by Michael Connor
Requiring that companies report on their environmental, social and governance (ESG) initiatives leads to broad improvement in socially responsible management practices, according to new academic research.
A working paper based on the research – The Consequences of Mandatory Corporate Sustainability Reporting by Ioannis Ioannou of the London Business School and George Serafeim of the Harvard Business School – concludes “that sustainability reporting not only increases transparency but can also change corporate behavior.”
According to the researchers, “mandatory disclosure of sustainability information leads to a) an increase in the social responsibility of business leaders, b) a prioritization of sustainable development, c) a prioritization of employee training, d) more efficient supervision of managers by boards of directors, e) an increase in the implementation of ethical practices by firms, e) a decrease in bribery and corruption, and f) an improvement of managerial credibility within society.”
The researchers applied an econometric model to data from 58 countries regarding laws and regulations that mandate a minimum level of disclosure on environmental, social, and governance matters. These ranged from the Sarbanes-Oxley Act in the U.S. to the King Code of Governance Principles for South Africa.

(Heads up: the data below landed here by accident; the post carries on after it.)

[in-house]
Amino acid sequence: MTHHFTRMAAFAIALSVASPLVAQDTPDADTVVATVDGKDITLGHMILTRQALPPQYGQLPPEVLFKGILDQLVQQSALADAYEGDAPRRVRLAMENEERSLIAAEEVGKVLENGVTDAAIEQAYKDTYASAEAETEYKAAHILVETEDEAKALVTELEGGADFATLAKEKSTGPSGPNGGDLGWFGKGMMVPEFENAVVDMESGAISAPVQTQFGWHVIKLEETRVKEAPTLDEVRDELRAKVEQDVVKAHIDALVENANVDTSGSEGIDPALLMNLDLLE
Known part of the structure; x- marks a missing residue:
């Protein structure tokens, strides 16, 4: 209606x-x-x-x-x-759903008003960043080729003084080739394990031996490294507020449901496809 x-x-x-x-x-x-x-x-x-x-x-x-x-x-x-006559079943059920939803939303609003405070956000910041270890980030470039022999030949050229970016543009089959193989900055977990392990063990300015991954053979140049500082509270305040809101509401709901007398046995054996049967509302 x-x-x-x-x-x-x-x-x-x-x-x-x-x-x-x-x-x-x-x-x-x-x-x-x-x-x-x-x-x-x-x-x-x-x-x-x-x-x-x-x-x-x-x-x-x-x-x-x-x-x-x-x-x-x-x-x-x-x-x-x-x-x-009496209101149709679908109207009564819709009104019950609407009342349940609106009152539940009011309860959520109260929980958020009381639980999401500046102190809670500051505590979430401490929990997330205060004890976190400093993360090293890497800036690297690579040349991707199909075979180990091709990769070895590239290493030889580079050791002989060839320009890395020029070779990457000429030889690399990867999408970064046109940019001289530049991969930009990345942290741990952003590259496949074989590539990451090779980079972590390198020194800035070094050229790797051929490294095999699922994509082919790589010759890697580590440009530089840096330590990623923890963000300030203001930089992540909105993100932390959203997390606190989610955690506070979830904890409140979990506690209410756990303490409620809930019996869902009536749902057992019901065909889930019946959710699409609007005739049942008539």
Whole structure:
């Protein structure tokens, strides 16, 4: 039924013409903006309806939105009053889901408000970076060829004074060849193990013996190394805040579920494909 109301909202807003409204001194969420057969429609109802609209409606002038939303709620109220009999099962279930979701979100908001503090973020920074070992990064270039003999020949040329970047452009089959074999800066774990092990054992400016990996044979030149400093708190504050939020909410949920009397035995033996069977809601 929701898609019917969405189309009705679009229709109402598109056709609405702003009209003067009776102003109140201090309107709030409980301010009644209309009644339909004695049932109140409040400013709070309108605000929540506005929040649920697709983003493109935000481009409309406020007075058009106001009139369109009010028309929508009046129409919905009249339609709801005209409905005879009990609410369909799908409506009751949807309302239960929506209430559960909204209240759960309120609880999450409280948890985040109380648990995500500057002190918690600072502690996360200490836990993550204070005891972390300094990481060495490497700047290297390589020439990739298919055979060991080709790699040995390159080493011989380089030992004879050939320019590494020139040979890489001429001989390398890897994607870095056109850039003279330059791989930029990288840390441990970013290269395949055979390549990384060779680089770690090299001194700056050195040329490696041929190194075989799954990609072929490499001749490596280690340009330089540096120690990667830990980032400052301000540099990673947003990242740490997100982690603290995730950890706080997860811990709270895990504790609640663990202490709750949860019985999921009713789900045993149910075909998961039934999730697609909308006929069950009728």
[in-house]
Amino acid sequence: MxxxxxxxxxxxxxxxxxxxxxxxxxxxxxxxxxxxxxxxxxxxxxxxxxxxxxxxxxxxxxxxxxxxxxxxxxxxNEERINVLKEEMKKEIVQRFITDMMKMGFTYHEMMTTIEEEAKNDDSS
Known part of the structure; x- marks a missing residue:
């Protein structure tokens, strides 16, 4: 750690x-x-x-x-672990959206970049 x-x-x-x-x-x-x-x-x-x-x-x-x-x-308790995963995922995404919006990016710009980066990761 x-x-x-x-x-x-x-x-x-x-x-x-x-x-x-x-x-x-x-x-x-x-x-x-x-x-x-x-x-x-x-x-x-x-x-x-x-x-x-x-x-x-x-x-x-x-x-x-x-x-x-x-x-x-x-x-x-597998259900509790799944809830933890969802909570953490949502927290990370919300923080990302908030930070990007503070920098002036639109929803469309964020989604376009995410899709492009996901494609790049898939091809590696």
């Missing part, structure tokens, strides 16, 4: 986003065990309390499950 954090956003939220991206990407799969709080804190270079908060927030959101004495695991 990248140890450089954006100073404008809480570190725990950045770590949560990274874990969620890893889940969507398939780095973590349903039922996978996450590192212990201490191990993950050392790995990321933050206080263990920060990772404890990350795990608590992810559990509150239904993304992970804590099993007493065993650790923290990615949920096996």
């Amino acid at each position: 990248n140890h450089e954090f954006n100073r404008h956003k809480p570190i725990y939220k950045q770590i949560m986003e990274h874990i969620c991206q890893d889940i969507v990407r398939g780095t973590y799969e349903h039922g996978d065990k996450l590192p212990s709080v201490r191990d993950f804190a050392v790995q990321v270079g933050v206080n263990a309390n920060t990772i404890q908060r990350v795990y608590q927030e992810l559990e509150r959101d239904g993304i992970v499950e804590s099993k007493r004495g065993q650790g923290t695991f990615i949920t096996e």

The paper notes a widespread increase in reporting of non-financial information, mostly on a voluntary basis, over the last decade. According to the Global Reporting Initiative (GRI), only 44 firms followed GRI guidelines to report sustainability information in 2000. By 2010, the number of organizations releasing sustainability reports grew to 1,973.
“Disclosure of ESG information forces companies to manage these matters effectively in order to avoid having to disclose bad ESG performance to their multiple stakeholders,” the working paper states.
“To our knowledge, this study is the first to show that mandatory sustainability reporting may effectively promote socially responsible management practices and may improve perceptions of corporate social responsibility by stakeholders,” the researchers write. “These results are potentially economically important because socially responsible managerial practices could enhance the competitiveness of a country by generating higher levels of trust in business and its leaders.”
The working paper concludes: “An implication for regulators is that if they want companies to perform better on ESG metrics then reporting could be a useful means to achieve this objective. An implication for companies is that reporting could change the way they conduct business. If better ESG performance provides a competitive advantage and leads to higher economic value, as it has been argued…then reporting could enhance the economic value produced by a firm.”
This article was first published on April 27, 2011.